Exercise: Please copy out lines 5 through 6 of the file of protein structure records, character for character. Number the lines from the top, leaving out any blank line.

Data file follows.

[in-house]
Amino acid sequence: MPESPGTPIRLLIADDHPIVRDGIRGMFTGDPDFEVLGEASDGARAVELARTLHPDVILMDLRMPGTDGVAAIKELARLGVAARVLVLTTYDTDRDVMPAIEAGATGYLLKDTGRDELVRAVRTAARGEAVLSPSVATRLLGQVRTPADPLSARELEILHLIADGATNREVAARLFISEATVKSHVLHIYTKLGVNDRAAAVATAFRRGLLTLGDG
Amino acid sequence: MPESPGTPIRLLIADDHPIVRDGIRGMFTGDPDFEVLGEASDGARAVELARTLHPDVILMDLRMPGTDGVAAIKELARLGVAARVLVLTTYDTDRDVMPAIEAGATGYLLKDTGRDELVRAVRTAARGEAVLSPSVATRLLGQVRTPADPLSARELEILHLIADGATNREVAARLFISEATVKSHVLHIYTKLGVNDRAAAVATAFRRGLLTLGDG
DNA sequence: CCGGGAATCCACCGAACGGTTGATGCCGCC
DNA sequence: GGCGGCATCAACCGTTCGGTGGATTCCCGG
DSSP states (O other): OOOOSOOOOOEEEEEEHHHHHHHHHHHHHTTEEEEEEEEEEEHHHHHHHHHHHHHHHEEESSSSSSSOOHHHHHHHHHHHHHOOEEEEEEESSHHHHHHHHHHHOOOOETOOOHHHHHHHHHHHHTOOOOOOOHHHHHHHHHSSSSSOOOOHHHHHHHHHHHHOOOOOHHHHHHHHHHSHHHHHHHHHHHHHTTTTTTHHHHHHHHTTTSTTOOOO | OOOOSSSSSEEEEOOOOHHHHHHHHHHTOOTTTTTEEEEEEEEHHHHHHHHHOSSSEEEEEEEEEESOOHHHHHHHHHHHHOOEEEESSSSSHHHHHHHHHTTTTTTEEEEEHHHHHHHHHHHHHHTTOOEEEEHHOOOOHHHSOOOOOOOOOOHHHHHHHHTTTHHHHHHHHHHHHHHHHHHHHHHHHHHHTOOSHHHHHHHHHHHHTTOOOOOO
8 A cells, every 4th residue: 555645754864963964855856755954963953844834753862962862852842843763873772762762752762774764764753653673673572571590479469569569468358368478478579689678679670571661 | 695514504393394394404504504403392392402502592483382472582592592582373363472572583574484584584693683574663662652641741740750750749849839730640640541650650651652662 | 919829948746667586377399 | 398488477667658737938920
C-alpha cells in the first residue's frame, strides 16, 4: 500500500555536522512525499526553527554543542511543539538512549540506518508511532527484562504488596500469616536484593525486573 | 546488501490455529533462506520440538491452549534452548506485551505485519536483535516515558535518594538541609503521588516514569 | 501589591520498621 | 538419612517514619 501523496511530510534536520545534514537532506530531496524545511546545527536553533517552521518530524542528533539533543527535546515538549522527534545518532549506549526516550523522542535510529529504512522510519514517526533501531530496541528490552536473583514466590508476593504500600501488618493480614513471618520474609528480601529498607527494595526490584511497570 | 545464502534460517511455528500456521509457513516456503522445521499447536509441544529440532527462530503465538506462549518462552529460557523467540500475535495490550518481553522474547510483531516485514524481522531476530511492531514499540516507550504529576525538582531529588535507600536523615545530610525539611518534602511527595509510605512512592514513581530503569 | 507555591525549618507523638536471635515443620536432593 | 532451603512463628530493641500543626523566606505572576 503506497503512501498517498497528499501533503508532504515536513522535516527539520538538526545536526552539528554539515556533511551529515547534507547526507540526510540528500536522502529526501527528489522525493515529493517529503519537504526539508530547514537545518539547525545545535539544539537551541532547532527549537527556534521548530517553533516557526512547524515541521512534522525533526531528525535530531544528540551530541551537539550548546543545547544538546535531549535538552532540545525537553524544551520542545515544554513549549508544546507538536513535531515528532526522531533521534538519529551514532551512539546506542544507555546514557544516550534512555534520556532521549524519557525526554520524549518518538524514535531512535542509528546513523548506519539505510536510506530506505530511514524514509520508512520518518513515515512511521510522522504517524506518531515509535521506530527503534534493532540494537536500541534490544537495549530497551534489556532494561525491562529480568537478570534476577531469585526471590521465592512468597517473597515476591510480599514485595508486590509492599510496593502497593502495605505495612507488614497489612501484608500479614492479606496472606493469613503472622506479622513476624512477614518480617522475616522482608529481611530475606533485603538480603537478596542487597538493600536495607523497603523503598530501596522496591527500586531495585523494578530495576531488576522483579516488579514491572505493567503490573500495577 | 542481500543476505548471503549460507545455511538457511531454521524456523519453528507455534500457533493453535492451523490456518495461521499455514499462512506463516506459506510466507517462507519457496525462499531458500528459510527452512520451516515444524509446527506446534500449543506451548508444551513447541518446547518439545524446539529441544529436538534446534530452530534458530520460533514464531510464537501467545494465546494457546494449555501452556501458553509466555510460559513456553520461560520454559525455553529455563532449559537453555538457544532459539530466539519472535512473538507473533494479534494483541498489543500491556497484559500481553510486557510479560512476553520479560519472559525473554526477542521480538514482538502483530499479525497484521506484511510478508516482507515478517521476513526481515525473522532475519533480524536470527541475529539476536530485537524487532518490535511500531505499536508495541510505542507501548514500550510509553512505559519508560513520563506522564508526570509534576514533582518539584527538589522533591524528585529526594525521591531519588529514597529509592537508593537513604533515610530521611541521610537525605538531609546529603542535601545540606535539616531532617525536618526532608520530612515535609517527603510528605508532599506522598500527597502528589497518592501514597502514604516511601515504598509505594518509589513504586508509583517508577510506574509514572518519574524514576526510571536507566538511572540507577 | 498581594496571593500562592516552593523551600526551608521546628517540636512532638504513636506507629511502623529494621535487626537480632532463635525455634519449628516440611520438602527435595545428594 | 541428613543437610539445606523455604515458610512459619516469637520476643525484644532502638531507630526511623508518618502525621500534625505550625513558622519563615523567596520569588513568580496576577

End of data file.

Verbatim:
DNA sequence: GGCGGCATCAACCGTTCGGTGGATTCCCGG
DSSP states (O other): OOOOSOOOOOEEEEEEHHHHHHHHHHHHHTTEEEEEEEEEEEHHHHHHHHHHHHHHHEEESSSSSSSOOHHHHHHHHHHHHHOOEEEEEEESSHHHHHHHHHHHOOOOETOOOHHHHHHHHHHHHTOOOOOOOHHHHHHHHHSSSSSOOOOHHHHHHHHHHHHOOOOOHHHHHHHHHHSHHHHHHHHHHHHHTTTTTTHHHHHHHHTTTSTTOOOO | OOOOSSSSSEEEEOOOOHHHHHHHHHHTOOTTTTTEEEEEEEEHHHHHHHHHOSSSEEEEEEEEEESOOHHHHHHHHHHHHOOEEEESSSSSHHHHHHHHHTTTTTTEEEEEHHHHHHHHHHHHHHTTOOEEEEHHOOOOHHHSOOOOOOOOOOHHHHHHHHTTTHHHHHHHHHHHHHHHHHHHHHHHHHHHTOOSHHHHHHHHHHHHTTOOOOOO